Rejected - by Greg Steggerda

What happens to the ones who kill God’s son? Jesus tells us, in a parable about some tenant vintners who rebel against the landowner, and end up killing his heir, with the outcome in Mark 12:9-11: 
“‘What then will the owner of the vineyard do? He will come and kill those tenants and give the vineyard to others. Haven’t you read this passage of Scripture:
“‘“The stone the builders rejected
has become the cornerstone;
the Lord has done this,
and it is marvelous in our eyes”’?”
Of course we know who killed Jesus when he lived on earth, but note the connection between the parable (killing the master’s son) and the prophecy (rejecting the cornerstone). Could God be telling us that there isn’t a functional difference between rejecting Jesus and killing him?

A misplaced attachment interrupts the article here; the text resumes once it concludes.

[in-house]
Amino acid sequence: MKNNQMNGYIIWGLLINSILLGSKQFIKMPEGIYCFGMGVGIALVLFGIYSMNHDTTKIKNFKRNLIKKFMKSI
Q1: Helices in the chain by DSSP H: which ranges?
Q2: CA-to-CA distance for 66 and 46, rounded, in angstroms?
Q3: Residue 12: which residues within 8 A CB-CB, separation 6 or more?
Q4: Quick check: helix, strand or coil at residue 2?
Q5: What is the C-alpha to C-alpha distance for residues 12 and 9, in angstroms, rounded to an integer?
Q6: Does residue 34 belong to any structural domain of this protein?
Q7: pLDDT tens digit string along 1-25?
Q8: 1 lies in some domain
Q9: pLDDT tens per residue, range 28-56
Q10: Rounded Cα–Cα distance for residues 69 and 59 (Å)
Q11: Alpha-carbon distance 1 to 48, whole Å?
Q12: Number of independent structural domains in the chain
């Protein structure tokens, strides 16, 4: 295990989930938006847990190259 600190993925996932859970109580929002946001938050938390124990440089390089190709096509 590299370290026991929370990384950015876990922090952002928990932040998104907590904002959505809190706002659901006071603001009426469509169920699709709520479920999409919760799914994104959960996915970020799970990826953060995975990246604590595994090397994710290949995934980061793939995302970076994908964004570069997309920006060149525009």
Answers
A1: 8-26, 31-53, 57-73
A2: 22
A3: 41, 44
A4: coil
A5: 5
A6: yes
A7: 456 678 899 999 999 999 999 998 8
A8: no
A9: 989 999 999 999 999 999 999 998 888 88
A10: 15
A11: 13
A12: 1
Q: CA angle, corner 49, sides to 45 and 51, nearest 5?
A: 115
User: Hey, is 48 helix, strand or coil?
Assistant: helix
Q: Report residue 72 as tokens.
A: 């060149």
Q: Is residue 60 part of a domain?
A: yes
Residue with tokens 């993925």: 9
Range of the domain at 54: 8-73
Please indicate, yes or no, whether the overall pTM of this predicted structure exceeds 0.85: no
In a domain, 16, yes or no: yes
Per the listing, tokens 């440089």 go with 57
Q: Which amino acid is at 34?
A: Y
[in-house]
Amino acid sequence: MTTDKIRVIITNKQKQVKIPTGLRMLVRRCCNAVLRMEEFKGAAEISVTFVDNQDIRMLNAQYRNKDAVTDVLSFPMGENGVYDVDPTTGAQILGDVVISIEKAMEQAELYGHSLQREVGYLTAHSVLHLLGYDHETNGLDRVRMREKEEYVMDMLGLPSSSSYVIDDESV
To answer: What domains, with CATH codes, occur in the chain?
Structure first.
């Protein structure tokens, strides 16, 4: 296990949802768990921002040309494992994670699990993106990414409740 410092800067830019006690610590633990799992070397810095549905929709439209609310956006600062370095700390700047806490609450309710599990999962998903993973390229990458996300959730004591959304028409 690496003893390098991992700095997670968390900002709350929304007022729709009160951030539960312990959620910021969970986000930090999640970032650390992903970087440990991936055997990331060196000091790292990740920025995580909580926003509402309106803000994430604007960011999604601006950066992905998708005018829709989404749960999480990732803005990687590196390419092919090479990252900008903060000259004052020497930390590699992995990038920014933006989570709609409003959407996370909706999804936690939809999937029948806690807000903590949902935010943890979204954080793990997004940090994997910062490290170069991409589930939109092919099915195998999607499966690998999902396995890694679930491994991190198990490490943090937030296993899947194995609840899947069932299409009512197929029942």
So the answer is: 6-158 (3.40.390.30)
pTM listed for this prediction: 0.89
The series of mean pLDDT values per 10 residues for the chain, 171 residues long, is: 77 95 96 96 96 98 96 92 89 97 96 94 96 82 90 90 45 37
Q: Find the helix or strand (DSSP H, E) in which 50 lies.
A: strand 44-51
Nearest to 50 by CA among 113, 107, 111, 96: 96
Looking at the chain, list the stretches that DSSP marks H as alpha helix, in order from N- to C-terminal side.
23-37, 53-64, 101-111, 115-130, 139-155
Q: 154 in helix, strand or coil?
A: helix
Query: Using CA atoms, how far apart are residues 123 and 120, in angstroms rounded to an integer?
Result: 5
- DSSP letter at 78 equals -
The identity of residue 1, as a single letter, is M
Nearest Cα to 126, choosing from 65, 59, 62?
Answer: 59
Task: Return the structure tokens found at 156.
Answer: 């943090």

Because you could make a case that rejections of Jesus come more often than we want to think. In fact, any time we think our own ideas trump what we read in scripture, or any time we trust another authority figure more than we trust God, that’s a rejection. It’s a way of saying, “You don’t get to tell me how to live my life.”
That’s why there’s so much at stake in our choices. How we use our money and our time, how we treat strangers and invest in our relationships, how we respond when we feel uncertain and life seems like chaos, all these things are reflections of our acceptance or rejection of Jesus. The measurement is simple: do we obey? And that question is closely linked to this one: do we trust?
It’s discouraging sometimes how the things we want to do, the things that look like they’ll help us the most, become choices with this kind of consequence. It’s encouraging, though, how more and more we’re able to make good choices, ones that honor Jesus. God’s grace is enough to both strengthen us and cover us when we get it wrong.